Dr. Ihsan Alkhatib (my husband), is an Associate Professor of Political Science at Murray State University. A couple of summers ago we took our kids to Palestine. After the trip we had long discussions over the occupation, and because of his educational background in politics, he was able to shed some light on topics such as annexation and case laws. Most recently however, after Trump’s declaration of Jerusalem being Israel’s capital, the topic came up again, and I thought I would share with you the conversation. Here’s what he had to say:
Muslim Girl: What is the issue with Jerusalem? Is it a done deal with Israel having annexed it and declared it the “eternal capital of the Jewish people?”
Dr. Alkhatib: There is a myth that Israel has annexed East Jerusalem. Israel has not annexed East Jerusalem. If it had, the population of the city would have automatically become Israeli citizens. This is not the case. Palestinians living in East Jerusalem are Jordanian passport holders with permanent residency cards issued by Israel.
If not annexed, then what is Jerusalem’s status?
Israel has extended its jurisdiction over that area. In a letter to the UN dated 7/10/1967, Israel stated:
“The term ‘annexation’ is out of place. The measures adopted related to the integration of Jerusalem in the administrative and municipal spheres and furnish a legal basis for the protection of the Holy Places.”
Has East Jerusalem become Israelized, losing its Palestinian identity?
East Jerusalem is a Palestinian city. It feels like one under occupation, which it is. No visitor of East Jerusalem can fail to sense that. It has Palestinian shops, Palestinian people, Palestinian culture, Palestinian foods, etc.
Jerusalemite students study the Jordanian curriculum and the Jordanian dinar is accepted. Almost forty years of occupation, East Jerusalem has not lost its identity despite ongoing Israeli projects to change the status quo.
What is the position of international law as to Jerusalem?
UN Resolution 181 of 11/29/1947 partitioned Mandatory Palestine into an Arab state and a Jewish state. Jerusalem was declared a Corpus Separatum, a separate entity, to be governed by a special international regime. During the 1948 war, Jewish gangs took over West Jerusalem, and the Arab Legion of King Abdullah I of Jordan took over Eastern Jerusalem.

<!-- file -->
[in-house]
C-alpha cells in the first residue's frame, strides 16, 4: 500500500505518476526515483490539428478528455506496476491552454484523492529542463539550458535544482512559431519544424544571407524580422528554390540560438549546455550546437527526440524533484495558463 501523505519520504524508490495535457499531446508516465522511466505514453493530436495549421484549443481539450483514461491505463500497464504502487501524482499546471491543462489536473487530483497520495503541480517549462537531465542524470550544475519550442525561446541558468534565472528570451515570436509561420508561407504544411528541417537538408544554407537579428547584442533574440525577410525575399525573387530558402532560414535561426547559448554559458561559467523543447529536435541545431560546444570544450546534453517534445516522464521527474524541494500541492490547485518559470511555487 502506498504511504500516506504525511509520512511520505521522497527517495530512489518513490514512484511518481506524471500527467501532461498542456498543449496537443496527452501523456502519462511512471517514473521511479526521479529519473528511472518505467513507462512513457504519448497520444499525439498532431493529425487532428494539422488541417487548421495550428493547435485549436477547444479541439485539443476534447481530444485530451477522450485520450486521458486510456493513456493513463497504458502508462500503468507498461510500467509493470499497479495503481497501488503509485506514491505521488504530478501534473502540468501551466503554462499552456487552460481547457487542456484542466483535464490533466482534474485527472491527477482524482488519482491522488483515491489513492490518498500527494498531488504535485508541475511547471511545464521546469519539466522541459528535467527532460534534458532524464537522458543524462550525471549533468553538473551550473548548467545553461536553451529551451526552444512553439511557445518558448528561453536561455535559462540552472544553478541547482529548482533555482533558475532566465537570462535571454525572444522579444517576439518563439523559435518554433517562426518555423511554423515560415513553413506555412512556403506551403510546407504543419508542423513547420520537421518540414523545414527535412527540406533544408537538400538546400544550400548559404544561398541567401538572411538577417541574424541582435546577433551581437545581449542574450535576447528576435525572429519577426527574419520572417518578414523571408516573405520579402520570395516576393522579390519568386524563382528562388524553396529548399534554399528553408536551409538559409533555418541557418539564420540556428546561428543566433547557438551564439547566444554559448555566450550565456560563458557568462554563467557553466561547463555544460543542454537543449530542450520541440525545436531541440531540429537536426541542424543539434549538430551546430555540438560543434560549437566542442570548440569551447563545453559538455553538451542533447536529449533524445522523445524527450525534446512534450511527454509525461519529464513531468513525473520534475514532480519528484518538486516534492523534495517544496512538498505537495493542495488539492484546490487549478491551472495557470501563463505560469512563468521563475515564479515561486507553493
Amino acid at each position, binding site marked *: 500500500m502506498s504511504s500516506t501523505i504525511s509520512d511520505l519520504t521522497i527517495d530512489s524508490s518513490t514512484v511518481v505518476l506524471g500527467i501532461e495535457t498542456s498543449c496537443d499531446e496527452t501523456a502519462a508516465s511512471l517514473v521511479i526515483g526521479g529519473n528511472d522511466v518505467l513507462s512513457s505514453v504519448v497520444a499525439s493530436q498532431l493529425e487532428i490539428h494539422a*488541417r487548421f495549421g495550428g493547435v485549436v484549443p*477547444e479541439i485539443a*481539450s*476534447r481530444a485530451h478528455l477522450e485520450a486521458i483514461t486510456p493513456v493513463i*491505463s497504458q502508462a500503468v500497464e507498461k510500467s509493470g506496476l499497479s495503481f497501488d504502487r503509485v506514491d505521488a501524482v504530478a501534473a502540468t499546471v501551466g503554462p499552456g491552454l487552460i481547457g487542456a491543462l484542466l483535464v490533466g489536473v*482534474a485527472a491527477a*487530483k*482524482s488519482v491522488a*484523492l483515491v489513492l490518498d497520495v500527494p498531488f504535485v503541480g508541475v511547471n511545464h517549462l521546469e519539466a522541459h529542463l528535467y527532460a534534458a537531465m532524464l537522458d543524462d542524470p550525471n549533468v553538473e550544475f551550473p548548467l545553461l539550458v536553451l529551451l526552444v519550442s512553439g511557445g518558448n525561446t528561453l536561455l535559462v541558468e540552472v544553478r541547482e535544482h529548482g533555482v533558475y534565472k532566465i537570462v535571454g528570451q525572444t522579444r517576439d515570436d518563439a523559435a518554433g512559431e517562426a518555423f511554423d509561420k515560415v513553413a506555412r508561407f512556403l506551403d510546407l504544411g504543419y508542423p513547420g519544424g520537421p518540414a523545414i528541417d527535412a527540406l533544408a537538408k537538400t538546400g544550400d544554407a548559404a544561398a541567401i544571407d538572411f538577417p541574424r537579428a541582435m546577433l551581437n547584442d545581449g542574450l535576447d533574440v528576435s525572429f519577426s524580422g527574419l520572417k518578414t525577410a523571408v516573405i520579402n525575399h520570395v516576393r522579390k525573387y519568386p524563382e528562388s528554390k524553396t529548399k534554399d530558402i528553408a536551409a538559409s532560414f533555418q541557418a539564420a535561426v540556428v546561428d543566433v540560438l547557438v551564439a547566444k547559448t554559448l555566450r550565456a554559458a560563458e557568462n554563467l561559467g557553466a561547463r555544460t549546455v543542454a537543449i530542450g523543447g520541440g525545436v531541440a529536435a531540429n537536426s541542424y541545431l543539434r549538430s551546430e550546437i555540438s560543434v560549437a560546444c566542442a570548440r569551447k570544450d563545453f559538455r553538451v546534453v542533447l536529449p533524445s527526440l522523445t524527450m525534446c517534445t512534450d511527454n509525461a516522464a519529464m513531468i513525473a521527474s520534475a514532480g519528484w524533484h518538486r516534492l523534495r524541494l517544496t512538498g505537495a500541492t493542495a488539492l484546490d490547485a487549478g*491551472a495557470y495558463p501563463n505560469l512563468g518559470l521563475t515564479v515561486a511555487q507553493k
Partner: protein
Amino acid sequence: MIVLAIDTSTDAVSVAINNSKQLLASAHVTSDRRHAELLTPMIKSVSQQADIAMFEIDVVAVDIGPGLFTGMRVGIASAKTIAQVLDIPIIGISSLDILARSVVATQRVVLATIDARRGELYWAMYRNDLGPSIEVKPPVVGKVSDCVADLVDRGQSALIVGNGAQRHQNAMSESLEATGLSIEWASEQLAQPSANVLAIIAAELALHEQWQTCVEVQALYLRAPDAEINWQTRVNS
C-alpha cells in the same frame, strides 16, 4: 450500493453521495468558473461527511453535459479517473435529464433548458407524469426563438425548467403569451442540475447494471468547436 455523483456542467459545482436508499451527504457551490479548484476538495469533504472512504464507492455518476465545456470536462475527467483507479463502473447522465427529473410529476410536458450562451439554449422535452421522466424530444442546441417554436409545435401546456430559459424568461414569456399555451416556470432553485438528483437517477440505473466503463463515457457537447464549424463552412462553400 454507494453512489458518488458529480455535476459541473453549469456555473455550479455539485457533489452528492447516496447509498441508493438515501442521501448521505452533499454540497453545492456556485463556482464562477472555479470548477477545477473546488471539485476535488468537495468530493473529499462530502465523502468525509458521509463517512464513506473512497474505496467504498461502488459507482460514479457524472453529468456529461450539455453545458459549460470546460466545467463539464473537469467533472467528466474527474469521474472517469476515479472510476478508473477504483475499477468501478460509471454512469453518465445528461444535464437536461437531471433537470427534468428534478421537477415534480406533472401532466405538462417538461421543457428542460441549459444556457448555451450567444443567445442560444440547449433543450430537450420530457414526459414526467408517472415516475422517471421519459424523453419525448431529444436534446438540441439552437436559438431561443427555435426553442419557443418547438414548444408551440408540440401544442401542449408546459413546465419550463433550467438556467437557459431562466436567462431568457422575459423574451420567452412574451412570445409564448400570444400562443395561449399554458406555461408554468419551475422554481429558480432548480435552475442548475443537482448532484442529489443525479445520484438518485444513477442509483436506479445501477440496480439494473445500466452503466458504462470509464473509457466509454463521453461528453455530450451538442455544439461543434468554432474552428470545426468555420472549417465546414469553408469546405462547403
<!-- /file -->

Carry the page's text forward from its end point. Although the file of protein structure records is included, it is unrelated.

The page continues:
Neither the UN nor any world power has given recognition to the political and legal order that was created by Jewish and Jordanian facts on the ground.The international legal status of Jerusalem, East and West, remains legally controlled by the language of Resolution 181. Even Israel’s Abba Eban conceded as such to the UN General Assembly in 1949 that “the legal status of Jerusalem is different from the territory in which Israel is sovereign.” Israel was applying for UN membership at the time.
What is the position of the US as to Jerusalem?
In the past I would have answered that the US does not recognize Jerusalem as the capital of Israel or East Jerusalem as part of Israel. In fact, at one time not long ago I would have said that the US considers Jerusalem as a final status matter to be resolved when other less difficult issues have been resolved. (Incidentally, there is a US consulate in East Jerusalem that serves mainly the Palestinians of the West Bank, Jerusalem and Gaza.)
But now things have changed with President Trump. His recent declaration of Jerusalem as Israel’s capital is largely symbolic. That does not mean it is not offensive and a setback for the cause of peace. His declaration is also a provocation. Historically, US always advised the two parties to avoid provoking the other, and now we see the broker is the one provoking the Palestinians.